London April 23. 1823.
Mr. Blaetterman called upon me a few days ago, to make some inquiries relative to the University. I told him that I believed its operations had been suspended for a while, through some unfortunate causes, but that I was under a like belief that its prospects were again as good or better than ever. He asked me if I thought he might write to you on the subject, and if I would forward his letter, to both which I replied in the affirmative, and he has accordingly sent me a letter, which I beg leave to enclose. If, touching this, or any other object connected with the Institution, I can render any services whatever here in London, permit me to renew my assurances of the pleasure it will yield me to be commanded by you.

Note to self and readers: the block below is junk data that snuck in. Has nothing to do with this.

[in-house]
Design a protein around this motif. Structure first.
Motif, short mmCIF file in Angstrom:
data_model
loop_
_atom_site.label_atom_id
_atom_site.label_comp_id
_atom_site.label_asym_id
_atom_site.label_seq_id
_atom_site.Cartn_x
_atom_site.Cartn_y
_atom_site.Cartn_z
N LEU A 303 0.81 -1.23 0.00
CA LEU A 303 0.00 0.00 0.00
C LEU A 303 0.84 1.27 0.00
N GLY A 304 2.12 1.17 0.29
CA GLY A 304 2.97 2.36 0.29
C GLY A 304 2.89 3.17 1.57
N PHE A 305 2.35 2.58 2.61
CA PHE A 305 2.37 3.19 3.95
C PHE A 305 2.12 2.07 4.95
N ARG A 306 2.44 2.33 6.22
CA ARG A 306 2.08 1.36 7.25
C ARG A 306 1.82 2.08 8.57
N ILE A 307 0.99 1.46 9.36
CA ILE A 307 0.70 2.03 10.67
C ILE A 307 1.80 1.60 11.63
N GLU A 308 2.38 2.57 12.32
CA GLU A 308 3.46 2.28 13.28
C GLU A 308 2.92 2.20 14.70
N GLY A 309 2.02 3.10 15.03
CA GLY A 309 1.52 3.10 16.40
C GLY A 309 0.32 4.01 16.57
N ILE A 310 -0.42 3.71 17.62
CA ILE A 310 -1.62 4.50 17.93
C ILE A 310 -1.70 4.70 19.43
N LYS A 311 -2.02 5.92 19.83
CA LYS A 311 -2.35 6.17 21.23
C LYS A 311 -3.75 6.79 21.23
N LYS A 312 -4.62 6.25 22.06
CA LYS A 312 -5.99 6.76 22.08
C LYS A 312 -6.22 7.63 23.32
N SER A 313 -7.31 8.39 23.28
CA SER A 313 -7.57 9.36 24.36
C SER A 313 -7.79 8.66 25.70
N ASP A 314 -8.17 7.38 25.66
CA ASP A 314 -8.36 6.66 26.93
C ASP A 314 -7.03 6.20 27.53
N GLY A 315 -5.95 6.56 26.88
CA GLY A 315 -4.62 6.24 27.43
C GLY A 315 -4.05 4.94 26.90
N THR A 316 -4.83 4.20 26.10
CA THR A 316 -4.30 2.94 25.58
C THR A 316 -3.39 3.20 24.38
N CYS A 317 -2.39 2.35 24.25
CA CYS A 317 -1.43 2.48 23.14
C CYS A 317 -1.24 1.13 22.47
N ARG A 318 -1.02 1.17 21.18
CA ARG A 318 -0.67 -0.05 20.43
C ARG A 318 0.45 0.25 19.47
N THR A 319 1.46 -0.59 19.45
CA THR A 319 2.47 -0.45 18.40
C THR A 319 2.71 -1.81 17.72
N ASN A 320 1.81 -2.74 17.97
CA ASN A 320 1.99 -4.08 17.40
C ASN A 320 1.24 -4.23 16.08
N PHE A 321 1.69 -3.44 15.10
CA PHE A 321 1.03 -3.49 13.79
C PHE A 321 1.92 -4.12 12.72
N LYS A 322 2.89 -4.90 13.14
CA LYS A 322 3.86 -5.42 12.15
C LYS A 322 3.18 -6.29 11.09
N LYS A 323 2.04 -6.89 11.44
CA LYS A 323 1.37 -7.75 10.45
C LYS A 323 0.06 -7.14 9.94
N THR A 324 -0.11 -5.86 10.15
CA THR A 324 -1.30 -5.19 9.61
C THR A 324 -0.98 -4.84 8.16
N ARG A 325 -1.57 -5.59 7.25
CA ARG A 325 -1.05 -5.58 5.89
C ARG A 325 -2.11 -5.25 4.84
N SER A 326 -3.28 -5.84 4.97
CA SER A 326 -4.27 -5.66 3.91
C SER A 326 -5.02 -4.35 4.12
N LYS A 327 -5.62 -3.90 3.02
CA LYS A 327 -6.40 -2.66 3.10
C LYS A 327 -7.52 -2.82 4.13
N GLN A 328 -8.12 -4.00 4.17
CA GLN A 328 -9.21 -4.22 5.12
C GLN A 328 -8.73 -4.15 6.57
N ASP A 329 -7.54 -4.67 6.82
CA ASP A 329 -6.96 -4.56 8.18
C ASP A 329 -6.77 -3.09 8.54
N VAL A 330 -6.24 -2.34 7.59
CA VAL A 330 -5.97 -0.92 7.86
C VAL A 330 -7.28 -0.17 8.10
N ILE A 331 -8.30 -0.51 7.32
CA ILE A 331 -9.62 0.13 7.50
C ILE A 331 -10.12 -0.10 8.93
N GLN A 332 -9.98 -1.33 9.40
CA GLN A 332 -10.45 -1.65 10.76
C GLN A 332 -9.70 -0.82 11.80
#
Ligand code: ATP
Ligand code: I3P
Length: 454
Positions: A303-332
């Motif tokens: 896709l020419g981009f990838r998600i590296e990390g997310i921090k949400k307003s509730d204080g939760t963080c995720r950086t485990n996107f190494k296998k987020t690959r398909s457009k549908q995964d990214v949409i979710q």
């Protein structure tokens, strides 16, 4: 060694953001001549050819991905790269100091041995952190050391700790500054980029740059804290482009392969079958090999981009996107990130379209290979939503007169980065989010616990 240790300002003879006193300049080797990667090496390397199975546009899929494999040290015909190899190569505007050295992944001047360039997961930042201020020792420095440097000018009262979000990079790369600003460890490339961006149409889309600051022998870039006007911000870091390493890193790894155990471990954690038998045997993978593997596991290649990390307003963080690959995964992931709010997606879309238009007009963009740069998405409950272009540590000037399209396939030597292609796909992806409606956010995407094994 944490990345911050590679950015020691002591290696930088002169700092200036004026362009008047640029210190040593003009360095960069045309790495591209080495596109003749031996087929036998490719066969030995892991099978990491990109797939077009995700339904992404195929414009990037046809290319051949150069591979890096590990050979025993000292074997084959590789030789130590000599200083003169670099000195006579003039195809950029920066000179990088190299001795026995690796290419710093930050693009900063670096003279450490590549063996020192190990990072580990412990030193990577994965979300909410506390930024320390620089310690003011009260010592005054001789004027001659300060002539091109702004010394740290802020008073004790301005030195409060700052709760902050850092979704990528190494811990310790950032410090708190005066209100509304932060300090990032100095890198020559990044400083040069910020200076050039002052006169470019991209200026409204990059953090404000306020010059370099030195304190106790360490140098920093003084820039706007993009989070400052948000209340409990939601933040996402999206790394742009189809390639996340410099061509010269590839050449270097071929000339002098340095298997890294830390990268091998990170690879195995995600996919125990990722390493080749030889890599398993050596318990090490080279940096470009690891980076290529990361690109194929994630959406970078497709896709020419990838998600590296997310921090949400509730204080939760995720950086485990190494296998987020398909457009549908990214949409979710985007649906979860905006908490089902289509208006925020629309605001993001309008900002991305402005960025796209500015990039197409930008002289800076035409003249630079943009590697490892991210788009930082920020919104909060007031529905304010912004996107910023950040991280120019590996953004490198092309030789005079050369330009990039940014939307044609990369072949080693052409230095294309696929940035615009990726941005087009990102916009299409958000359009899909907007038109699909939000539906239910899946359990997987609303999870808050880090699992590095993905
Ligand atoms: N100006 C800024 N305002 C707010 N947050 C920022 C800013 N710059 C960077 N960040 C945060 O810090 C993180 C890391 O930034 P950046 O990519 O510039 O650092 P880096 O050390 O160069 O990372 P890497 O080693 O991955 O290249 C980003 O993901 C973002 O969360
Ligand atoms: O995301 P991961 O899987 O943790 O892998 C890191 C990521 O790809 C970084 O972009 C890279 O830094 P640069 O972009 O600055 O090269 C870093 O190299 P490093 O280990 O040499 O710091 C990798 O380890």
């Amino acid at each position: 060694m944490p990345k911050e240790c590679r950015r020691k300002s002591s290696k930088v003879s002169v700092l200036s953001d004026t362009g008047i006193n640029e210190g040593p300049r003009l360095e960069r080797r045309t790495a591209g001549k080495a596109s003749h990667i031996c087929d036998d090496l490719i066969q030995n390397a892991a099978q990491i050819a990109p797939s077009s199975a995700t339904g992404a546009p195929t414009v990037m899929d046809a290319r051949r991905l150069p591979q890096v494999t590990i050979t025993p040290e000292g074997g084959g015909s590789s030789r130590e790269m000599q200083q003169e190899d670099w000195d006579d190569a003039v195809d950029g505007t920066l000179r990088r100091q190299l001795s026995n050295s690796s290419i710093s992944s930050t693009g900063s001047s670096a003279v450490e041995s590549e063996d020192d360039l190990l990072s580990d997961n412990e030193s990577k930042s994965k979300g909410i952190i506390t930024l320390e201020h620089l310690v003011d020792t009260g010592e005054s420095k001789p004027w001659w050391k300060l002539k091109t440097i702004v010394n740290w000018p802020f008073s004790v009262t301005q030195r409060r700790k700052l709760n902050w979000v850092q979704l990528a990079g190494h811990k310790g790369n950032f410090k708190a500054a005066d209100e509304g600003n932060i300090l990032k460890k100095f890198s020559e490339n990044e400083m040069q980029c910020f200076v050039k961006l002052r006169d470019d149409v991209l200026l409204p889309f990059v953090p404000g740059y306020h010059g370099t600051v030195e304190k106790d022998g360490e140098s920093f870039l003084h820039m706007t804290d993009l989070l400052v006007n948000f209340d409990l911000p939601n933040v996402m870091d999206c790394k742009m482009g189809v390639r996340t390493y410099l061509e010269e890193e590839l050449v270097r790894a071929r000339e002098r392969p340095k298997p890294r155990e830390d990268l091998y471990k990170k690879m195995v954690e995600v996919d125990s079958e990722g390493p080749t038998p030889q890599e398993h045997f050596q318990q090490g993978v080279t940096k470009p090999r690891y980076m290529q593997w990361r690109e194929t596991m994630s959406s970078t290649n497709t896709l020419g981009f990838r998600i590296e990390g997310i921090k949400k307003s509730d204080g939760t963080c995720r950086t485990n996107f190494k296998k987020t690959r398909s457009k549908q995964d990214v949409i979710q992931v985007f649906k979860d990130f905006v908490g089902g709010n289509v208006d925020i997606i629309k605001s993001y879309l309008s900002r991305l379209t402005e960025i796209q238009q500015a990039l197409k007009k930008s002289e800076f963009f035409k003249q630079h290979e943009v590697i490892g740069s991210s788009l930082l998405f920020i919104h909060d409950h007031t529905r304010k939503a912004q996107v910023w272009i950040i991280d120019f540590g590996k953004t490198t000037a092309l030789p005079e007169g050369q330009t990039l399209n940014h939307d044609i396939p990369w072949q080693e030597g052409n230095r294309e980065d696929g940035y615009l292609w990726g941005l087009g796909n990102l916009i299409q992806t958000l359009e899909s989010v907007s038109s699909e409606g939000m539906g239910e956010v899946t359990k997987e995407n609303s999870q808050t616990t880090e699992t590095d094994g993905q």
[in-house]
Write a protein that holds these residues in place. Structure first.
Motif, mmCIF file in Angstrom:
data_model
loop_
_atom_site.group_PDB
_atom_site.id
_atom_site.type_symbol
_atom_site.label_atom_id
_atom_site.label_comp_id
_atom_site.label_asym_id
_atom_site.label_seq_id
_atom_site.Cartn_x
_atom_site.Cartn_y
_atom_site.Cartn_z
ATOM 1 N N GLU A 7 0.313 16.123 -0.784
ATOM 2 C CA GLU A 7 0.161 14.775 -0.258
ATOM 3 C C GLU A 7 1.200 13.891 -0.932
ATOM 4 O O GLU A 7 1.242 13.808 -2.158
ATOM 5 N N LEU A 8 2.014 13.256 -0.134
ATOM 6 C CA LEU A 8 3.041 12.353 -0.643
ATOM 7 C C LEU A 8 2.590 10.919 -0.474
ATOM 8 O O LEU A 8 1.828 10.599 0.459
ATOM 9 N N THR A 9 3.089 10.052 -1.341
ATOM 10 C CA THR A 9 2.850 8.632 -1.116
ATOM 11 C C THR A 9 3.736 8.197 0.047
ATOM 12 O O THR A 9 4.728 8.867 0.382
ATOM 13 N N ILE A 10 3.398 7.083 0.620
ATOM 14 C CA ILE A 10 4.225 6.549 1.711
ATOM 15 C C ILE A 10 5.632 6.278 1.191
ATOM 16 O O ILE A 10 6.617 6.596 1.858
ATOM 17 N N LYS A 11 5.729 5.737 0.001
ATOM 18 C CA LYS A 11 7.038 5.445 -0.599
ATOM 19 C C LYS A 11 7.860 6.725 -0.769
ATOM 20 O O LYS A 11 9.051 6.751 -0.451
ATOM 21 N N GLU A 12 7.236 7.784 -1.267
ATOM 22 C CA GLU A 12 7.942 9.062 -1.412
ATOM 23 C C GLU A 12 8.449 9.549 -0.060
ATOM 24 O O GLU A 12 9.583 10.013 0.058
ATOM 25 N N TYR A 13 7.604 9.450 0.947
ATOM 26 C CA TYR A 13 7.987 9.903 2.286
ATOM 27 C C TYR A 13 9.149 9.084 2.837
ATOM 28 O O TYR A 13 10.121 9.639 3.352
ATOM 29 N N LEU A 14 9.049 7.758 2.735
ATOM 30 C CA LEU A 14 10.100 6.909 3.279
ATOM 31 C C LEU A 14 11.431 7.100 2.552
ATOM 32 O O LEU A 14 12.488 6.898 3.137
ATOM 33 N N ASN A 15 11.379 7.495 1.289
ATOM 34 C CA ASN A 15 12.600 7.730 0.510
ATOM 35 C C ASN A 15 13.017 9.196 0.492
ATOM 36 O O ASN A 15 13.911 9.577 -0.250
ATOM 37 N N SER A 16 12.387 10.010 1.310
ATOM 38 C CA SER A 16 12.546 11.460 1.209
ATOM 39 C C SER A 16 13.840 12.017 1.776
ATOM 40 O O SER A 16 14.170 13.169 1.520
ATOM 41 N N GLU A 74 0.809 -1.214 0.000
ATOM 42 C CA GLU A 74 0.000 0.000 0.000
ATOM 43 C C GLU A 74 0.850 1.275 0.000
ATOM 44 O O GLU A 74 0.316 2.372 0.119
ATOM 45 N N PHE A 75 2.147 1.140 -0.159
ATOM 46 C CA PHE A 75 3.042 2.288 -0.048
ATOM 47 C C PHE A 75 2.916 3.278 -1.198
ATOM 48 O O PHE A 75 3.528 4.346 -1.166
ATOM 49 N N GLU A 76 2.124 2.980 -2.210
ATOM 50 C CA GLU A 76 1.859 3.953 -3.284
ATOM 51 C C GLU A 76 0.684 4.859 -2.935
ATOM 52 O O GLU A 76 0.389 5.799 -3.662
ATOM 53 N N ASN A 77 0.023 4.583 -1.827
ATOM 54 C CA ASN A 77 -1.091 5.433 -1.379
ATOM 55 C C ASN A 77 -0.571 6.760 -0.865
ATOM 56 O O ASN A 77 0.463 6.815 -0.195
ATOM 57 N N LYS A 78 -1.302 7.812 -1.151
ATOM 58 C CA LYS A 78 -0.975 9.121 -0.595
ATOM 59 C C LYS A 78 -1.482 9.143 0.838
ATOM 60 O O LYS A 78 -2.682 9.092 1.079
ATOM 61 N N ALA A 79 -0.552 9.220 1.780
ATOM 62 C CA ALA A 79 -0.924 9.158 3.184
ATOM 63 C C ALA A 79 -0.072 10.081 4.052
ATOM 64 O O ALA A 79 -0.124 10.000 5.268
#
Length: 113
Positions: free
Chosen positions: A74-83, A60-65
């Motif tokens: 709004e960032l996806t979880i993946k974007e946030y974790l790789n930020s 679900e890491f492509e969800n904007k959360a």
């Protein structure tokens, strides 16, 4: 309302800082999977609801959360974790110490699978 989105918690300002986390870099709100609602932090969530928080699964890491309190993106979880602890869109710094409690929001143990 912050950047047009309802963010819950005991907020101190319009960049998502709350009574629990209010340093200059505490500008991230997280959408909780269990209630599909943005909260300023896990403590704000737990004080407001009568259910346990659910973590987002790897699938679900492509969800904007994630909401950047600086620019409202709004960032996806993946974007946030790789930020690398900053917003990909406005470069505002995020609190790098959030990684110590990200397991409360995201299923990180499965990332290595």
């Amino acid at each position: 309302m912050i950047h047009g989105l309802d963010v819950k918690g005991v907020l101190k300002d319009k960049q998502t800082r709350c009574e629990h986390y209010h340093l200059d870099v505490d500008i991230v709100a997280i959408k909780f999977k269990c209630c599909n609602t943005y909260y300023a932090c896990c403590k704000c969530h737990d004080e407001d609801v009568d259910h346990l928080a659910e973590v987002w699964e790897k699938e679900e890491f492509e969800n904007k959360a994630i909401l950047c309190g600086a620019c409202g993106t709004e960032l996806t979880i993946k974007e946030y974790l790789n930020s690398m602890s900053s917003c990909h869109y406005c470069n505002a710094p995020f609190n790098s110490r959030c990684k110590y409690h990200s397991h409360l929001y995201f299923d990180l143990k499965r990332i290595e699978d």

Mr John Hunter, the interesting young man of our country, who was so long among the Indians, lately spent a day with me. I was happy to hear from him that your health was good when he left you, and that you had recovered from the effects of your late accident. Amidst the occupation and excitements of this capital, he does not forget to speak with affection and gratitude of all your kindness to him.